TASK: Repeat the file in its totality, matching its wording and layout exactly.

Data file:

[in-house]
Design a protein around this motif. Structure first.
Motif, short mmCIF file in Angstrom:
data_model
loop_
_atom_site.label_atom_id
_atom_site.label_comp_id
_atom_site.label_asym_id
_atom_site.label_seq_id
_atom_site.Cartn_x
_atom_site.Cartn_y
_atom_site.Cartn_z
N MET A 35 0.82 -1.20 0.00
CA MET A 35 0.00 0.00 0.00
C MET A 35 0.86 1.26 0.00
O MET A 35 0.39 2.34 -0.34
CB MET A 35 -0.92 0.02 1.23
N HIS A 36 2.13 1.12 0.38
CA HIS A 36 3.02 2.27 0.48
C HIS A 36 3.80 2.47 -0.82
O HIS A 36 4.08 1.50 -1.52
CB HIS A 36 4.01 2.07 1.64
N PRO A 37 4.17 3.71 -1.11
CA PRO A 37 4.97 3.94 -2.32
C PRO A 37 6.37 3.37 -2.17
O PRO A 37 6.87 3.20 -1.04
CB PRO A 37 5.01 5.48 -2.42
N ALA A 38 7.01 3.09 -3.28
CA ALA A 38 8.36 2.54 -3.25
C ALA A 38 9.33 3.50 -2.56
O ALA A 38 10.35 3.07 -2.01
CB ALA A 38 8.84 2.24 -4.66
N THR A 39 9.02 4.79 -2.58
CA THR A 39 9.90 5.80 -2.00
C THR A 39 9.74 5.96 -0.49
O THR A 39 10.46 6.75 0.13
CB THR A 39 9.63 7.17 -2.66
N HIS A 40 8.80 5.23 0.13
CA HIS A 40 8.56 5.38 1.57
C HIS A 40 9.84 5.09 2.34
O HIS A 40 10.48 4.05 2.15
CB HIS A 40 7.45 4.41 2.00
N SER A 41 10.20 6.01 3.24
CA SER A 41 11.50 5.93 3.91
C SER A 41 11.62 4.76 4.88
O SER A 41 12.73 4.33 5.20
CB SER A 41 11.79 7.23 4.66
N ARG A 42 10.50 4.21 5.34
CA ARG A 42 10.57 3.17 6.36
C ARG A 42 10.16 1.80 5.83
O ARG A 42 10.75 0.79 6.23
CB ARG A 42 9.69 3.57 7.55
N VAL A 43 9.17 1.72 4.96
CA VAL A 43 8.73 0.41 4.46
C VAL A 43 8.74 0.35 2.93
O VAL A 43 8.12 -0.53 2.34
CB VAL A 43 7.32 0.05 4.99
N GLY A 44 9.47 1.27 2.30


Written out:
[in-house]
Design a protein around this motif. Structure first.
Motif, short mmCIF file in Angstrom:
data_model
loop_
_atom_site.label_atom_id
_atom_site.label_comp_id
_atom_site.label_asym_id
_atom_site.label_seq_id
_atom_site.Cartn_x
_atom_site.Cartn_y
_atom_site.Cartn_z
N MET A 35 0.82 -1.20 0.00
CA MET A 35 0.00 0.00 0.00
C MET A 35 0.86 1.26 0.00
O MET A 35 0.39 2.34 -0.34
CB MET A 35 -0.92 0.02 1.23
N HIS A 36 2.13 1.12 0.38
CA HIS A 36 3.02 2.27 0.48
C HIS A 36 3.80 2.47 -0.82
O HIS A 36 4.08 1.50 -1.52
CB HIS A 36 4.01 2.07 1.64
N PRO A 37 4.17 3.71 -1.11
CA PRO A 37 4.97 3.94 -2.32
C PRO A 37 6.37 3.37 -2.17
O PRO A 37 6.87 3.20 -1.04
CB PRO A 37 5.01 5.48 -2.42
N ALA A 38 7.01 3.09 -3.28
CA ALA A 38 8.36 2.54 -3.25
C ALA A 38 9.33 3.50 -2.56
O ALA A 38 10.35 3.07 -2.01
CB ALA A 38 8.84 2.24 -4.66
N THR A 39 9.02 4.79 -2.58
CA THR A 39 9.90 5.80 -2.00
C THR A 39 9.74 5.96 -0.49
O THR A 39 10.46 6.75 0.13
CB THR A 39 9.63 7.17 -2.66
N HIS A 40 8.80 5.23 0.13
CA HIS A 40 8.56 5.38 1.57
C HIS A 40 9.84 5.09 2.34
O HIS A 40 10.48 4.05 2.15
CB HIS A 40 7.45 4.41 2.00
N SER A 41 10.20 6.01 3.24
CA SER A 41 11.50 5.93 3.91
C SER A 41 11.62 4.76 4.88
O SER A 41 12.73 4.33 5.20
CB SER A 41 11.79 7.23 4.66
N ARG A 42 10.50 4.21 5.34
CA ARG A 42 10.57 3.17 6.36
C ARG A 42 10.16 1.80 5.83
O ARG A 42 10.75 0.79 6.23
CB ARG A 42 9.69 3.57 7.55
N VAL A 43 9.17 1.72 4.96
CA VAL A 43 8.73 0.41 4.46
C VAL A 43 8.74 0.35 2.93
O VAL A 43 8.12 -0.53 2.34
CB VAL A 43 7.32 0.05 4.99
N GLY A 44 9.47 1.27 2.30